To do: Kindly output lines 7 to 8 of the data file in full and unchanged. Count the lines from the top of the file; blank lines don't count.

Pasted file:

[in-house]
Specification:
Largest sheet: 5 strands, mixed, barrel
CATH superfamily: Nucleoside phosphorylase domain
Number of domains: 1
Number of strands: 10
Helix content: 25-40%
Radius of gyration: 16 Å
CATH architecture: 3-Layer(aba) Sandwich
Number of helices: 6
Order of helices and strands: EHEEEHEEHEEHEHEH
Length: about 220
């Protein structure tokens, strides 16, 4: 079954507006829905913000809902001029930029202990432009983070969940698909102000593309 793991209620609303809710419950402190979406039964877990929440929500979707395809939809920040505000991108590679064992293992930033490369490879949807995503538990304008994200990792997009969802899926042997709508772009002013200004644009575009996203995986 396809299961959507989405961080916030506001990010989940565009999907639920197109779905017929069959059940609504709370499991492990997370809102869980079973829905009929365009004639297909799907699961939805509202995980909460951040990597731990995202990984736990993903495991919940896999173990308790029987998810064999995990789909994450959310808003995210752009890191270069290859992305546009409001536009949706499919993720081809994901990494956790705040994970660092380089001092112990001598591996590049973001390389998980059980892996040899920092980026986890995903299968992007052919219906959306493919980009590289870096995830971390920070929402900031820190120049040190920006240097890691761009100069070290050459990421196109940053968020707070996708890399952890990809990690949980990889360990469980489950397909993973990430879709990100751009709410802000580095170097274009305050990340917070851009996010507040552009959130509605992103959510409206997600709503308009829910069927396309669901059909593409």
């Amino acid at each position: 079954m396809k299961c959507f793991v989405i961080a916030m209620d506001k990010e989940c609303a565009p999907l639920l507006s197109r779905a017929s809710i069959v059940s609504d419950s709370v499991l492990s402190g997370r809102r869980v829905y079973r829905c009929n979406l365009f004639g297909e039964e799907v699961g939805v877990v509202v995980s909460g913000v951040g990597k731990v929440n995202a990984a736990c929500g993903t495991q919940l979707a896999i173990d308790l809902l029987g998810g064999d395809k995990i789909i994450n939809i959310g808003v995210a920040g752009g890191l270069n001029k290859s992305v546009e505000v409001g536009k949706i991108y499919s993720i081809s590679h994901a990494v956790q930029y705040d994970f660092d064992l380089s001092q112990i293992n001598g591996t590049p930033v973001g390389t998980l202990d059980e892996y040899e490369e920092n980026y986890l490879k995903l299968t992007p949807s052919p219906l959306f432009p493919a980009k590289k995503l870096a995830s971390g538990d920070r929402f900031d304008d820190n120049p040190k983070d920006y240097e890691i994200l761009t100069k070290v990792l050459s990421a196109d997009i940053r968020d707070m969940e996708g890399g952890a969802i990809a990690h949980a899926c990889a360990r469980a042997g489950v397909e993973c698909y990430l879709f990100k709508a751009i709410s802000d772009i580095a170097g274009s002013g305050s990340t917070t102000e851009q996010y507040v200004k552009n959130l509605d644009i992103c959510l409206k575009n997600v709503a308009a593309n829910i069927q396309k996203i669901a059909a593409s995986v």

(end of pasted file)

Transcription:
Helix content: 25-40%
Radius of gyration: 16 Å